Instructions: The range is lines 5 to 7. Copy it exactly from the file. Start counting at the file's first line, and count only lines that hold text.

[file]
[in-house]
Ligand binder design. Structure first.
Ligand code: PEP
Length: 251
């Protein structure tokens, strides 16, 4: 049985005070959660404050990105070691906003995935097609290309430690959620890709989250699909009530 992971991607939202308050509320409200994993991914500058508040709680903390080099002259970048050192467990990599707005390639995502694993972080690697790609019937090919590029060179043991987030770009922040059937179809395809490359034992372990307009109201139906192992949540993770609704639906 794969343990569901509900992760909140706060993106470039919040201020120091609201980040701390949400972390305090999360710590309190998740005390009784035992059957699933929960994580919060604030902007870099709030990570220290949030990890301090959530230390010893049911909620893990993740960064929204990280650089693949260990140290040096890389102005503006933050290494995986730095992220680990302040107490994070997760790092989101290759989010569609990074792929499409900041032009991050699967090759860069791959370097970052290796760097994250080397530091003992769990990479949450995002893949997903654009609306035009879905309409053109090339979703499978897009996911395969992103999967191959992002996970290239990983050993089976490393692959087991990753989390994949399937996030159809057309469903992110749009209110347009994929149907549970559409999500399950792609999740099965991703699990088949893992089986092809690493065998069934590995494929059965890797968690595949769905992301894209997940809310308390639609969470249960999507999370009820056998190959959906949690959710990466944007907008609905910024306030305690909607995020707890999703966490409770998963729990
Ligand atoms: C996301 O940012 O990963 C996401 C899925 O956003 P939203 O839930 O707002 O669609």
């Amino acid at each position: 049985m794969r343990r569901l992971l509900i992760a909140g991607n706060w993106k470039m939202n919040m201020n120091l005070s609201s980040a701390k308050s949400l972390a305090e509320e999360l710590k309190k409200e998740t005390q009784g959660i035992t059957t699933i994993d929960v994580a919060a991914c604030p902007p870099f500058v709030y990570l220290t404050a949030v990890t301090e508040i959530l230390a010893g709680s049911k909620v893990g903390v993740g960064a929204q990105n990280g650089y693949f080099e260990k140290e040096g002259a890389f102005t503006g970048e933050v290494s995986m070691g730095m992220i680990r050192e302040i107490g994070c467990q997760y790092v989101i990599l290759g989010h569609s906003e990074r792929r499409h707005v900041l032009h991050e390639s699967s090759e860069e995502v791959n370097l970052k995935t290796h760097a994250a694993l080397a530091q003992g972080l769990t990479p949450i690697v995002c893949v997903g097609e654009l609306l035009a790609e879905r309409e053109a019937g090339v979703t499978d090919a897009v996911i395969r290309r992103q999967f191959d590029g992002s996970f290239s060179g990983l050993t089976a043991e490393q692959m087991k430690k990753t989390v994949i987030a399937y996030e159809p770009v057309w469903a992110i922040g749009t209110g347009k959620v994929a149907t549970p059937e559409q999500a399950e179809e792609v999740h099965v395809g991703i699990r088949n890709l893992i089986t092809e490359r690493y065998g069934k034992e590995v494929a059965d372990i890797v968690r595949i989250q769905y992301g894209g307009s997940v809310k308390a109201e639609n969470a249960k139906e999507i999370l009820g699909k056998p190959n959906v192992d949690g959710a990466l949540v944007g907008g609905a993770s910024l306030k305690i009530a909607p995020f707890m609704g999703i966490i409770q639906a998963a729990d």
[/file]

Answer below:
């Protein structure tokens, strides 16, 4: 049985005070959660404050990105070691906003995935097609290309430690959620890709989250699909009530 992971991607939202308050509320409200994993991914500058508040709680903390080099002259970048050192467990990599707005390639995502694993972080690697790609019937090919590029060179043991987030770009922040059937179809395809490359034992372990307009109201139906192992949540993770609704639906 794969343990569901509900992760909140706060993106470039919040201020120091609201980040701390949400972390305090999360710590309190998740005390009784035992059957699933929960994580919060604030902007870099709030990570220290949030990890301090959530230390010893049911909620893990993740960064929204990280650089693949260990140290040096890389102005503006933050290494995986730095992220680990302040107490994070997760790092989101290759989010569609990074792929499409900041032009991050699967090759860069791959370097970052290796760097994250080397530091003992769990990479949450995002893949997903654009609306035009879905309409053109090339979703499978897009996911395969992103999967191959992002996970290239990983050993089976490393692959087991990753989390994949399937996030159809057309469903992110749009209110347009994929149907549970559409999500399950792609999740099965991703699990088949893992089986092809690493065998069934590995494929059965890797968690595949769905992301894209997940809310308390639609969470249960999507999370009820056998190959959906949690959710990466944007907008609905910024306030305690909607995020707890999703966490409770998963729990
Ligand atoms: C996301 O940012 O990963 C996401 C899925 O956003 P939203 O839930 O707002 O669609």
């Amino acid at each position: 049985m794969r343990r569901l992971l509900i992760a909140g991607n706060w993106k470039m939202n919040m201020n120091l005070s609201s980040a701390k308050s949400l972390a305090e509320e999360l710590k309190k409200e998740t005390q009784g959660i035992t059957t699933i994993d929960v994580a919060a991914c604030p902007p870099f500058v709030y990570l220290t404050a949030v990890t301090e508040i959530l230390a010893g709680s049911k909620v893990g903390v993740g960064a929204q990105n990280g650089y693949f080099e260990k140290e040096g002259a890389f102005t503006g970048e933050v290494s995986m070691g730095m992220i680990r050192e302040i107490g994070c467990q997760y790092v989101i990599l290759g989010h569609s906003e990074r792929r499409h707005v900041l032009h991050e390639s699967s090759e860069e995502v791959n370097l970052k995935t290796h760097a994250a694993l080397a530091q003992g972080l769990t990479p949450i690697v995002c893949v997903g097609e654009l609306l035009a790609e879905r309409e053109a019937g090339v979703t499978d090919a897009v996911i395969r290309r992103q999967f191959d590029g992002s996970f290239s060179g990983l050993t089976a043991e490393q692959m087991k430690k990753t989390v994949i987030a399937y996030e159809p770009v057309w469903a992110i922040g749009t209110g347009k959620v994929a149907t549970p059937e559409q999500a399950e179809e792609v999740h099965v395809g991703i699990r088949n890709l893992i089986t092809e490359r690493y065998g069934k034992e590995v494929a059965d372990i890797v968690r595949i989250q769905y992301g894209g307009s997940v809310k308390a109201e639609n969470a249960k139906e999507i999370l009820g699909k056998p190959n959906v192992d949690g959710a990466l949540v944007g907008g609905a993770s910024l306030k305690i009530a909607p995020f707890m609704g999703i966490i409770q639906a998963a729990d």